Book review: Deep Water, James Bradley

A hugely impressive work that deserves and demands attention.
On the left is an author's head shot of a white man in a black shirt, with his head slightly tilted to the left. On the right is a book cover of Deep Water with an image of coral and underwater plants beneath a dark sea.

Deep Water: The World in the Ocean is a monumental work that deserves the unbridled attention of every person on the planet. If ever there was a highly readable book that sets out the damage humankind has committed to the Earth, this is it. It is so skilfully crafted, combining anecdotes, proven facts and undisguised speculation about what is arguably the most important and urgent issue of our time – the harm we inflict on the oceans and the consequences that spring from that to the world we live in now.

Apart from presenting factual, well-researched material to the lay reader, what also makes Deep Water so compelling, in spite of the horrendous situations it depicts (that could make any empathetic reader want to look away), is the way Bradley moves effortlessly from the intensely personal to the fascinatingly general – for instance, the fact his brother kisses groupers will segue to an analysis of the sophisticated cognitive abilities of fish.

He connects the past to the present – Apollo 8 to the Earth’s fragility. He connects what is happening, taking stock of himself, to what may happen, taking stock of the planet, and makes connections from a visit to Rotterdam to “containerisation” and its global impact.

He manages to convey the scale of what is happening in understandable terms and makes complex issues clear without talking down to the reader. And he does not preach.

Bradley recounts, for instance, how much he and his dying mother enjoyed watching flickering lights in the waves and sand – lights produced by microscopic single-celled organisms the increasing presence of which ‘is also a harbinger of accelerating environmental devastation’. It is a devastation partly brought about by the warming of the oceans. 

He points out that in every second of every day of 2022, the amount of heat the oceans absorbed was equivalent in energy to that emitted by five Hiroshima atomic bombs.

Each of the 14 chapters concentrates on a particular theme. ‘Beginnings’ focuses on the history of the Earth and its oceans, ‘Bodies’ on creatures that swim, ‘Cargo’ on transportation, ‘Net’ on fishing, and so on. This concentration on particular aspects of what has happened and what is happening to the oceans helps the reader to comprehend the immense problems all of us face as a result of climate change.

In the chapter headed ‘Traces’, Bradley recounts what he saw on a beach in the Cocos Islands. He was there to participate in a scientific survey, but was overwhelmed by ‘the sheer volume of plastic on the sand’. He makes a list of what he can see: ‘bottles, thongs, rope, a child’s shoe with the word “happy” printed on it, dozens of thong cut-outs clearly discarded from a factory, pieces of industrial waste, toothpaste containers, toothbrushes, bottles, tyres, plastic buoys, children’s toys, sections of coolant bottles, cigarette lighters, cutlery, inner-sole inserts, as well as the now familiar bottle tops and fragments’. It is chilling.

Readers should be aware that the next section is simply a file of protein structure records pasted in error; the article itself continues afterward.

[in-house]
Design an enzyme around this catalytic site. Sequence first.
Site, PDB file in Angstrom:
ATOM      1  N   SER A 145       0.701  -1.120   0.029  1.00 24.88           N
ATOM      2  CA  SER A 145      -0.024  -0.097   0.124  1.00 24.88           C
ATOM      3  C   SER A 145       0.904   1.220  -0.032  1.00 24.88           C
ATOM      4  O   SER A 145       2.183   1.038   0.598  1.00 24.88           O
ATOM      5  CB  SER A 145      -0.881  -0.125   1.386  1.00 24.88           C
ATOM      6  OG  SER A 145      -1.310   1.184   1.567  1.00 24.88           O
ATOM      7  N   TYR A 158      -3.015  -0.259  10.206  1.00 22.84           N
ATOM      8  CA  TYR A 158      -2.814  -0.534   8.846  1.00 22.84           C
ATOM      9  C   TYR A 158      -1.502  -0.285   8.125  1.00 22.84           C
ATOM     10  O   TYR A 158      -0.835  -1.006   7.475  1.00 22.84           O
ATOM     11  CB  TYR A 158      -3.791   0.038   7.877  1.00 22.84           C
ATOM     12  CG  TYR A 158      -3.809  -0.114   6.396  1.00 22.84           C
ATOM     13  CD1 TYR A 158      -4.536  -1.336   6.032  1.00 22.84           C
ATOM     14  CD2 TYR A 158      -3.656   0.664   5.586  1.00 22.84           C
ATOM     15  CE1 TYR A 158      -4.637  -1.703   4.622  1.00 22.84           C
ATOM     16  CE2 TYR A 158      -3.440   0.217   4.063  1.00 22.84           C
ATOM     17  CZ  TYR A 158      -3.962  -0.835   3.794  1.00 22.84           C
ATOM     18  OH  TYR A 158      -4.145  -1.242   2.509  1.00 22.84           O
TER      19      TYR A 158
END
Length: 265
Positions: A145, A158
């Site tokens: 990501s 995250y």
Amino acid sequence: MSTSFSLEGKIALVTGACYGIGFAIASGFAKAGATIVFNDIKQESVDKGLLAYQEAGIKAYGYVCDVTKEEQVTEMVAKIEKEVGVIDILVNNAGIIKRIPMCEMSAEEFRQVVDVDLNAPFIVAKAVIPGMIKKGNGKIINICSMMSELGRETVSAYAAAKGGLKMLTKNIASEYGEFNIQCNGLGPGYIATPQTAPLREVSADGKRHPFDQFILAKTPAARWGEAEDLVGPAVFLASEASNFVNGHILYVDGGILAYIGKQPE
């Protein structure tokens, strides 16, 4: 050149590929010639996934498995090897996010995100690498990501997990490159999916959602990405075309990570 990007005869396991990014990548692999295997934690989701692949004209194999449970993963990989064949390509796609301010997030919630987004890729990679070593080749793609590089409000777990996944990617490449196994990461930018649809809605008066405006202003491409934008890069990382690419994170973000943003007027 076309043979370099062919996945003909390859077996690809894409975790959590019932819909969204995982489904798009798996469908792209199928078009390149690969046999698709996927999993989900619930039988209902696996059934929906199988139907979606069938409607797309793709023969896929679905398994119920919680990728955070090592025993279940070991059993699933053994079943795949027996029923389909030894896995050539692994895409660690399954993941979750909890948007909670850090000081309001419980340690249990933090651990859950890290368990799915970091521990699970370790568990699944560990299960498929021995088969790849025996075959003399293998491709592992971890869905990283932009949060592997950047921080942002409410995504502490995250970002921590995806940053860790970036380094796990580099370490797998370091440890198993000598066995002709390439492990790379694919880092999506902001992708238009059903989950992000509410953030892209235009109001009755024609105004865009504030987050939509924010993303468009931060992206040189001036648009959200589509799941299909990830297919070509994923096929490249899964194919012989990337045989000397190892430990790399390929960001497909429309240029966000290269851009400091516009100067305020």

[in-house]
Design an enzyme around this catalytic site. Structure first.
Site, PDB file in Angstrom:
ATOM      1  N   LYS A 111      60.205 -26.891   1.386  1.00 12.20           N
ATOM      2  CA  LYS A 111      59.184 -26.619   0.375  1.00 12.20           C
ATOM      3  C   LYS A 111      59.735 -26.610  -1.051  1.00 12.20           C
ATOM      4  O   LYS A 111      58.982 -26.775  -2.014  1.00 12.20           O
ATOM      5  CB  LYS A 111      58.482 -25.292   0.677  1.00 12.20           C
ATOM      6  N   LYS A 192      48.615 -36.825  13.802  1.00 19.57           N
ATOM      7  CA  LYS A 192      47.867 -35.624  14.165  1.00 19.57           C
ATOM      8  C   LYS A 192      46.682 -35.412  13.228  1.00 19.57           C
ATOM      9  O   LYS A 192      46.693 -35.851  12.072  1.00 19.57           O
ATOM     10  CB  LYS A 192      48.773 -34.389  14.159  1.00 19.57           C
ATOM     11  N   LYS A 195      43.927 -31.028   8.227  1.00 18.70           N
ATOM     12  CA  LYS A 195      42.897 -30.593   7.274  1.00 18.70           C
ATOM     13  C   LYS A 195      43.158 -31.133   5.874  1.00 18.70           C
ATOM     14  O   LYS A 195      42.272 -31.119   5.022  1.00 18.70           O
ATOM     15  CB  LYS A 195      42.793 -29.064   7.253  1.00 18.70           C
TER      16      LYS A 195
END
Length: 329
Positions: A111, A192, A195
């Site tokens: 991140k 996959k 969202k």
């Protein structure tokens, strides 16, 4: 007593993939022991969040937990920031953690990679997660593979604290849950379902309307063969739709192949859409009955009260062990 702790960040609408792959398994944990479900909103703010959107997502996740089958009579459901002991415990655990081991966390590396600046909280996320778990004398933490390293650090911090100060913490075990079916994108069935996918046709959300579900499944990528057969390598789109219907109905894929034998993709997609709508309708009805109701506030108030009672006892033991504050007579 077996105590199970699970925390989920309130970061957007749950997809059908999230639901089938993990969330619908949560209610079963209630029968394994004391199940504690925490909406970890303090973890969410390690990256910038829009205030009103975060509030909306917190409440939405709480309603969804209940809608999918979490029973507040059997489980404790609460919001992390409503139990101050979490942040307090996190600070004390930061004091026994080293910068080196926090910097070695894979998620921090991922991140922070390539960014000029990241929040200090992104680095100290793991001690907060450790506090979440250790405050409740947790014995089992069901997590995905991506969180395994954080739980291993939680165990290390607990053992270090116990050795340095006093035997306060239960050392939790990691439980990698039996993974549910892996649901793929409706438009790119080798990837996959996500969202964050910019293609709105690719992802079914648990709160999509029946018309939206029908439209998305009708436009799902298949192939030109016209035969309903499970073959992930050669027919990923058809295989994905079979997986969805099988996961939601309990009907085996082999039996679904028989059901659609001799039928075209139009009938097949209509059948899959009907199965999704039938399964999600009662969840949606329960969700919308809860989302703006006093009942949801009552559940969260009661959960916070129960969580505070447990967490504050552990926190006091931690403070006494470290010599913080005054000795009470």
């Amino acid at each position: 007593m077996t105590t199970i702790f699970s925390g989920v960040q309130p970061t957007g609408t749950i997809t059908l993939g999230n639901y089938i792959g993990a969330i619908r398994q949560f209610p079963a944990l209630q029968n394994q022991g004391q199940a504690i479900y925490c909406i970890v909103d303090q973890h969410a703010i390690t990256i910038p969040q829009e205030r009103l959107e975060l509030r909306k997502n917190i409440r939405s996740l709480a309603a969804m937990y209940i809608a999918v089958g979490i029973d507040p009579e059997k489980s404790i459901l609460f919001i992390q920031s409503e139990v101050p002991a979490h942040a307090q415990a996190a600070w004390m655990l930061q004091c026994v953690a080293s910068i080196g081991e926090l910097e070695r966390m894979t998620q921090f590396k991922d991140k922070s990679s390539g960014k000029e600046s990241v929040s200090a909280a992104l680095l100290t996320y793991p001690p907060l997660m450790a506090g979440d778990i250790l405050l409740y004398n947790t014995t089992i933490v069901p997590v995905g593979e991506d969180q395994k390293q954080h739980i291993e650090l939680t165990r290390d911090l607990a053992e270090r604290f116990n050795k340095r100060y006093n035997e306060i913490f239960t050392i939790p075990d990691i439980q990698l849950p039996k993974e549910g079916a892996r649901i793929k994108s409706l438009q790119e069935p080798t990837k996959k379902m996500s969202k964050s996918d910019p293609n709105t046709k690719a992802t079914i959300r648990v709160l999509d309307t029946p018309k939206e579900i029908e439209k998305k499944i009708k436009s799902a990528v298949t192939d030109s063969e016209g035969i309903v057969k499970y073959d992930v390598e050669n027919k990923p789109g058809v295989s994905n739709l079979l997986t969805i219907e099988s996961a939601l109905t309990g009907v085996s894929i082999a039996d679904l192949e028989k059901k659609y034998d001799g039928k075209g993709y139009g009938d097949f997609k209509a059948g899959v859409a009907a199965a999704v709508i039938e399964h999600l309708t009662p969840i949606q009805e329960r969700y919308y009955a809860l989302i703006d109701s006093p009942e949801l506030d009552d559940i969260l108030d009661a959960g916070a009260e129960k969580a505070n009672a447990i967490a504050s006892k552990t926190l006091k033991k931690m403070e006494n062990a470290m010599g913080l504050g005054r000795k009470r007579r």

Bradley brilliantly conveys the scale of what’s happening by communicating that 11,000 years ago, atmospheric carbon dioxide was around 259 parts per million; recently, it was approaching almost double that. This increase, as many have come to know, is causing the rise in global temperature. He points out that during the Pliocene epoch, temperatures were the same as they will be in the direction in which we are now heading. At that time, the ocean levels were about 20 metres higher than they are now. An increase of this order in the oceans’ height would displace many millions of people with terrifying consequences.

In the concluding chapter, ‘Horizon’, Bradley shares his personal view that the ‘storm that is upon us will leave nobody untouched. Surviving it demands we build a world that treats everybody – human and non-human – as worthy of life and possibility. That will not happen unless those of us who have benefited … learn to see our place in the world differently, to recognise the true cost of the lives we live’. 

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He opines that the fundamental shift in the economy required to avoid massive disaster is not impossible. He concedes there are times when he can convince himself that such a shift could come about because ‘however much is lost, there is still more to save’. I wish I shared even his meagre optimism; that said, his beautiful formulation of the problem arms readers with a way to seize some hope.

Deep Water: The World in the Ocean, James Bradley
Publisher: Penguin Random House
ISBN  9780143776956
Paperback 464pp 
RRP $36.99
Published 3 April 2024

Erich Mayer is a retired company director and former organic walnut farmer.